FTC Settles Complaints Over Alleged Privacy Shield Violations

Companies promise to do better next time
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The Federal Trade Commission has settled with five companies over allegations they claimed protection under the EU-U.S. Privacy Shield when they were not certified to receive it. The vote was 5-0.

The shield provides a process for sharing consumer data between EU countries and the U.S. It replaced the safe harbor agreement that a European Union court invalidated in October 2015 over concerns about the U.S. being able to hold up its end of the agreement given the government surveillance revealed by the Edward Snowden leaks. The voluntary framework requires companies to provide notice of what personal information is being collected and stored, the purposes it is used for, and an "opt out" mechanism.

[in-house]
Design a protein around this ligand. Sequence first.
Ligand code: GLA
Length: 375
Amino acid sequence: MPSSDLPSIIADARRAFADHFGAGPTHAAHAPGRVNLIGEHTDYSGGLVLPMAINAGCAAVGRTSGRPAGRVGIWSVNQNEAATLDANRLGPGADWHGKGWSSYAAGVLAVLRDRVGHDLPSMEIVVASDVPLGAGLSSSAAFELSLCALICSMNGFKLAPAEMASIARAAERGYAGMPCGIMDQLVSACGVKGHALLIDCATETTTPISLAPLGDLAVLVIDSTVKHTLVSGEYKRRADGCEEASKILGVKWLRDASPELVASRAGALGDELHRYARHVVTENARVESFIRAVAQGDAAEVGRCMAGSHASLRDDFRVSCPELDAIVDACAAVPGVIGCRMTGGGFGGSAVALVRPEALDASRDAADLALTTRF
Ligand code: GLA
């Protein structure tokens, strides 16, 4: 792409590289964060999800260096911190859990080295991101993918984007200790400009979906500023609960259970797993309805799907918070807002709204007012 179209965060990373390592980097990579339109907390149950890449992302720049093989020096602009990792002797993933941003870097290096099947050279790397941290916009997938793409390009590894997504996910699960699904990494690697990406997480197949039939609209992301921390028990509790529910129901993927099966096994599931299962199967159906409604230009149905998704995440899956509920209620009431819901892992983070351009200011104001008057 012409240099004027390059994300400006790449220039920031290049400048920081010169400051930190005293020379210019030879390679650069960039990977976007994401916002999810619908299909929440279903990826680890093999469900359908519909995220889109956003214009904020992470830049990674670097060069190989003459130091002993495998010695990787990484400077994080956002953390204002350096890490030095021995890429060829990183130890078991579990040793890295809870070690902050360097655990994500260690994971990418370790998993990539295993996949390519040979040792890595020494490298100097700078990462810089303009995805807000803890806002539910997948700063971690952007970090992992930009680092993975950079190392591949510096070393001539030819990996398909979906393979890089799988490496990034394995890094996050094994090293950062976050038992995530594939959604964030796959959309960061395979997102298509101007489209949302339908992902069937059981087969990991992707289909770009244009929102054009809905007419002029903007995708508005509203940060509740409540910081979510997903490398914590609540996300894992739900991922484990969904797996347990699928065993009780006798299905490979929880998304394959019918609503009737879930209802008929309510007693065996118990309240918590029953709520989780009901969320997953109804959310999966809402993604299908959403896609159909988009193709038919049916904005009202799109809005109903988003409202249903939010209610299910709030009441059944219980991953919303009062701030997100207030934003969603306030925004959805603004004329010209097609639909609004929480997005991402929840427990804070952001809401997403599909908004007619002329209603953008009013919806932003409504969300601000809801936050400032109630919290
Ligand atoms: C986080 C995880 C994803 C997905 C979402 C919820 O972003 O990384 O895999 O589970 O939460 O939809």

Related: FTC Cracks Down on Alleged Privacy Shield Pretenders

The FTC had alleged that 214 Technologies, Thru, LotaData, and DCR Workforce had applied for the shield status, but did not complete the necessary steps to get Department of Commerce Certification. It said a fifth company, EmpiriStat, Inc., let its certification lapse and in any event had not demonstrated that its policy was completely implemented, as required under the shield.

All five companies agreed not to misrepresent their privacy/data security programs.

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